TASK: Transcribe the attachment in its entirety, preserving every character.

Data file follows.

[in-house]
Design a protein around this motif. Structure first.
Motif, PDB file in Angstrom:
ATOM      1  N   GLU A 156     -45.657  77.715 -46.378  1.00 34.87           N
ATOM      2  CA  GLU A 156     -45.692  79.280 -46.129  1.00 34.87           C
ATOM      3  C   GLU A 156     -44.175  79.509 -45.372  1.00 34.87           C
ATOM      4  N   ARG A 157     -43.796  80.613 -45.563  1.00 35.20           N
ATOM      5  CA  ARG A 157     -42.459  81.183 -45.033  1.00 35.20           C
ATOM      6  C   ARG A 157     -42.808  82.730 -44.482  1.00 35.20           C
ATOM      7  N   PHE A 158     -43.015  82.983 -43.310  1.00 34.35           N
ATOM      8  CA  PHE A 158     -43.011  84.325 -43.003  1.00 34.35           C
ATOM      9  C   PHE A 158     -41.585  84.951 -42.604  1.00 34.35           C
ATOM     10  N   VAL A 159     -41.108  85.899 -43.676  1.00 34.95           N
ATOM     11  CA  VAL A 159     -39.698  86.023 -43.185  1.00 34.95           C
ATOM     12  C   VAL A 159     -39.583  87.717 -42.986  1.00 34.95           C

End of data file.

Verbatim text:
[in-house]
Design a protein around this motif. Structure first.
Motif, PDB file in Angstrom:
ATOM      1  N   GLU A 156     -45.657  77.715 -46.378  1.00 34.87           N
ATOM      2  CA  GLU A 156     -45.692  79.280 -46.129  1.00 34.87           C
ATOM      3  C   GLU A 156     -44.175  79.509 -45.372  1.00 34.87           C
ATOM      4  N   ARG A 157     -43.796  80.613 -45.563  1.00 35.20           N
ATOM      5  CA  ARG A 157     -42.459  81.183 -45.033  1.00 35.20           C
ATOM      6  C   ARG A 157     -42.808  82.730 -44.482  1.00 35.20           C
ATOM      7  N   PHE A 158     -43.015  82.983 -43.310  1.00 34.35           N
ATOM      8  CA  PHE A 158     -43.011  84.325 -43.003  1.00 34.35           C
ATOM      9  C   PHE A 158     -41.585  84.951 -42.604  1.00 34.35           C
ATOM     10  N   VAL A 159     -41.108  85.899 -43.676  1.00 34.95           N
ATOM     11  CA  VAL A 159     -39.698  86.023 -43.185  1.00 34.95           C
ATOM     12  C   VAL A 159     -39.583  87.717 -42.986  1.00 34.95           C